NEW ORLEANS — With the yank of a crane and to a cheer from the crowd, Robert E. Lee was lifted off his 80-foot perch, where he had been standing gazing north for most of 133 years, and slowly lowered to the ground.
It was the last monument of four to be removed, the culmination of an effort going back two years, when Mayor Mitch Landrieu announced plans to take down city memorials to the Confederate era. The City Council agreed, but the opposition to the move was fierce, allying Confederate sympathizers, historical preservationists and state lawmakers, local blue bloods and out-of-staters. Contractors involved with the process received death threats, forcing workers at the removals to do their jobs in masks and bulletproof vests.
The first monument to come down was commemorating an 1874 insurrection by a white supremacist militia against the multiracial Reconstruction government in New Orleans. Next were statues of Jefferson Davis, who died in New Orleans, and P. G. T. Beauregard, who was born outside the city and under whose command the first shots of the Civil War were fired.
Lee had the least connection to New Orleans, having passed through when he was a United States Army officer. The city came under Union control early in the Civil War, before Lee had risen to become commander of the Army of Northern Virginia. The Lee monument in New Orleans was unveiled 14 years after his death, and seven years after the end of Reconstruction, in a ceremony attended by thousands, including Beauregard and Davis.
“By every appliance of literature and art, we must show to all coming ages that with us, at least, there dwells no sense of guilt,” The Daily Picayune wrote at the time.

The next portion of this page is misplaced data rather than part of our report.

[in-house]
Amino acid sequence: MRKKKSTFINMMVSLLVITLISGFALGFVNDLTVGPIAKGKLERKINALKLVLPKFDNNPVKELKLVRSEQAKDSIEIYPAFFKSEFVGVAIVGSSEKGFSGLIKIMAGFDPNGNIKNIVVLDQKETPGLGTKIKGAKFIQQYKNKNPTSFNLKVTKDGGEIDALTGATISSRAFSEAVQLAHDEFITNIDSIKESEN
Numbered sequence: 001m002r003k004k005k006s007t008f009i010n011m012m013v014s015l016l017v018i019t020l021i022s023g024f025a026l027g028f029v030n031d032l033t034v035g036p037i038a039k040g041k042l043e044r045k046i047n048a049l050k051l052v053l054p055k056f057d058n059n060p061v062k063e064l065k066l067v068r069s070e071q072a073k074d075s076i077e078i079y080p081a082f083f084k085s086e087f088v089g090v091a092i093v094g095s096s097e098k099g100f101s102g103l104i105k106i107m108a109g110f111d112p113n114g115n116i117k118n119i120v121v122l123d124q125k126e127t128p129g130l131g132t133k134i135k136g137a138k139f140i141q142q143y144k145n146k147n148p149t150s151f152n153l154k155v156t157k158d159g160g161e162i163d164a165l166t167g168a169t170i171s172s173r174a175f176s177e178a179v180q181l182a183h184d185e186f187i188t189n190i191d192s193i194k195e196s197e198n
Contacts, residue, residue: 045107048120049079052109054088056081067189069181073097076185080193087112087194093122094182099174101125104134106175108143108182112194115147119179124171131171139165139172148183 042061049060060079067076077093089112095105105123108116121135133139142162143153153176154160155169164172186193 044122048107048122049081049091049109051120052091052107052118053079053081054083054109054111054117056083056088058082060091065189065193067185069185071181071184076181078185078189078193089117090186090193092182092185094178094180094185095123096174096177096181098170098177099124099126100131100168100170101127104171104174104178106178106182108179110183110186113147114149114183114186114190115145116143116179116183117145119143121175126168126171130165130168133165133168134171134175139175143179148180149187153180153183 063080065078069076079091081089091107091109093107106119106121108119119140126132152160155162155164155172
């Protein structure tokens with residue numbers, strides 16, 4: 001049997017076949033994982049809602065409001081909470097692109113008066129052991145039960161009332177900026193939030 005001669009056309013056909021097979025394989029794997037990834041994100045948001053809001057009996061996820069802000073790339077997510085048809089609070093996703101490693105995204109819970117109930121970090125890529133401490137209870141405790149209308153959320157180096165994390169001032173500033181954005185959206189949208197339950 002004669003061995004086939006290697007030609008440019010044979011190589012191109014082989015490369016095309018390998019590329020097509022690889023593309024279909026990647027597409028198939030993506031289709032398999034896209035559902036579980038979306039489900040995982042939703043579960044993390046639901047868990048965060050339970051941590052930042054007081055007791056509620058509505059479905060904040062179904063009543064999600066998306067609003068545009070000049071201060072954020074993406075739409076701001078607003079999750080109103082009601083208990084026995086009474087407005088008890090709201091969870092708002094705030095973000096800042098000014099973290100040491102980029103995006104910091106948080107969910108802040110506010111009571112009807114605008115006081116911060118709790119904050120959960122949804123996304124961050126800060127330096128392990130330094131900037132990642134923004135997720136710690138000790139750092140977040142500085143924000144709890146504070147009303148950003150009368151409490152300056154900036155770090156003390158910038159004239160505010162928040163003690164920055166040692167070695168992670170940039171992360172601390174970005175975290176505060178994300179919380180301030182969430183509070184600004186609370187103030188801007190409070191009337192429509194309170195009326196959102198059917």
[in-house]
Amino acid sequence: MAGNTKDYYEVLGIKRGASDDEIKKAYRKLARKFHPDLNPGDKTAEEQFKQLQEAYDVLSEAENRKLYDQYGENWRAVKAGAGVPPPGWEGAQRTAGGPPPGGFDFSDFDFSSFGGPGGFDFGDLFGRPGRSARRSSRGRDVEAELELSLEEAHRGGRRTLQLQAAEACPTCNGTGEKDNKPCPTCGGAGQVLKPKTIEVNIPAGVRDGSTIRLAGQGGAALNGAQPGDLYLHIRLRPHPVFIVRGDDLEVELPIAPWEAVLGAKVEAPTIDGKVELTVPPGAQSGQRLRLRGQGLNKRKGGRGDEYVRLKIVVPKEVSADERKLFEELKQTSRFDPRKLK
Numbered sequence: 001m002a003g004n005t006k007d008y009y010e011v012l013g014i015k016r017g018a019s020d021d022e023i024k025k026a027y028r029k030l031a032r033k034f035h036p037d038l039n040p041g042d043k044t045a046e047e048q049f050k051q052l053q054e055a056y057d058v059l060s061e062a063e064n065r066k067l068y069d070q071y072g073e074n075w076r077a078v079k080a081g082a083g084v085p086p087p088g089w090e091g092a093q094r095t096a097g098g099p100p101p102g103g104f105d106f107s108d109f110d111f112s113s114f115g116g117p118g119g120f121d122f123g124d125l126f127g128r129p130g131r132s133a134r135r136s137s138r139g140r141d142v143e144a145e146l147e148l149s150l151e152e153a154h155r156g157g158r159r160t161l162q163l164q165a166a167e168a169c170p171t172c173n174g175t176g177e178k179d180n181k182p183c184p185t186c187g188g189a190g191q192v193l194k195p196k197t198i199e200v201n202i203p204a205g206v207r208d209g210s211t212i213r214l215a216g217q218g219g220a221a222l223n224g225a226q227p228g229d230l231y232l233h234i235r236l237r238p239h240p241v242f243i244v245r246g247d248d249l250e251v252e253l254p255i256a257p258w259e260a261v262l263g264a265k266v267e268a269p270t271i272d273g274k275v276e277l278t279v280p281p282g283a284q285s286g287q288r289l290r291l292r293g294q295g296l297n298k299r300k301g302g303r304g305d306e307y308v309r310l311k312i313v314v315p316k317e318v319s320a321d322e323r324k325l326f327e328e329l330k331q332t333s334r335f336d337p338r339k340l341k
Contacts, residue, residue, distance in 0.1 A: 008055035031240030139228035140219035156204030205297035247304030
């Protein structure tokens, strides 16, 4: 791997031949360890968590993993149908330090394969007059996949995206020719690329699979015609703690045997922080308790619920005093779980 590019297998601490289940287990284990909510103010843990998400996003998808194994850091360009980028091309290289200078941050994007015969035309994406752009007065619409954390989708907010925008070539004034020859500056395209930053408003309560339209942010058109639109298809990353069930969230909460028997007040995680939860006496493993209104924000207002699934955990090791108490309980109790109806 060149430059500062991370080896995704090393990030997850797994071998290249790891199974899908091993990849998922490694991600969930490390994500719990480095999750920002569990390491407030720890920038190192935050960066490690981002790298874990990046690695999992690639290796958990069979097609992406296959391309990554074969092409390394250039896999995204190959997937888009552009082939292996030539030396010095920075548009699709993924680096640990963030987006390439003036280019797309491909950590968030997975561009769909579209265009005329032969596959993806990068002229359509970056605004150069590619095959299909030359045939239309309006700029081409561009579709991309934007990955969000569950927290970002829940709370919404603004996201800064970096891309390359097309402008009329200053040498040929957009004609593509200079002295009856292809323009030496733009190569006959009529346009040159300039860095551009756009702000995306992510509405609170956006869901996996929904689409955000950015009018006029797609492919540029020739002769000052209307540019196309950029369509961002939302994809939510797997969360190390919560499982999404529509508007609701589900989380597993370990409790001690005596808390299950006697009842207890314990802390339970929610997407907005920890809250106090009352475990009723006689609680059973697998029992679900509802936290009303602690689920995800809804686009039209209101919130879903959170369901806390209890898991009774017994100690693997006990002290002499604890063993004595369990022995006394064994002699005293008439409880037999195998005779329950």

The roundabout in which the monument stood became known as Lee Circle, a city landmark where countless Mardi Gras parade floats made the rounds and untold numbers of New Orleanians passed by routinely on their way downtown.
The towering column as well as the base on which the statue stood will remain, and the city announced that “public art” would be displayed. The Davis statue, the city also announced, will be replaced by an American flag.
As for the statues themselves, the city is taking proposals from “nonprofits and governmental entities,” with the aim that they be put in “their proper historical context from a dark period of American history.”
Mr. Landrieu elaborated in a speech on Friday afternoon.
“To literally put the Confederacy on a pedestal in our most prominent places of honor is an inaccurate recitation of our full past, it is an affront to our present, and it is a bad prescription for our future,” he said. “History cannot be changed. It cannot be moved like a statue. What is done is done. The Civil War is over, and the Confederacy lost and we are better for it.”
Tensions ran high at all the removals; supporters and opponents often descending into shouting matches and, occasionally, punches. But by early Friday, even before the operation was underway, the crowd was almost festive. Brass bands played, radios blasted pop standbys, people skipped rope and the police sought relief from the heat in a walk-in beer cooler at a nearby convenience store.
Then a little after 6 p.m., the general was plucked off. John Calhoun, a 43-year-old local auctioneer and improbably named advocate of removal, stared at Lee dangling in the air.
“It happened just like that,” he said.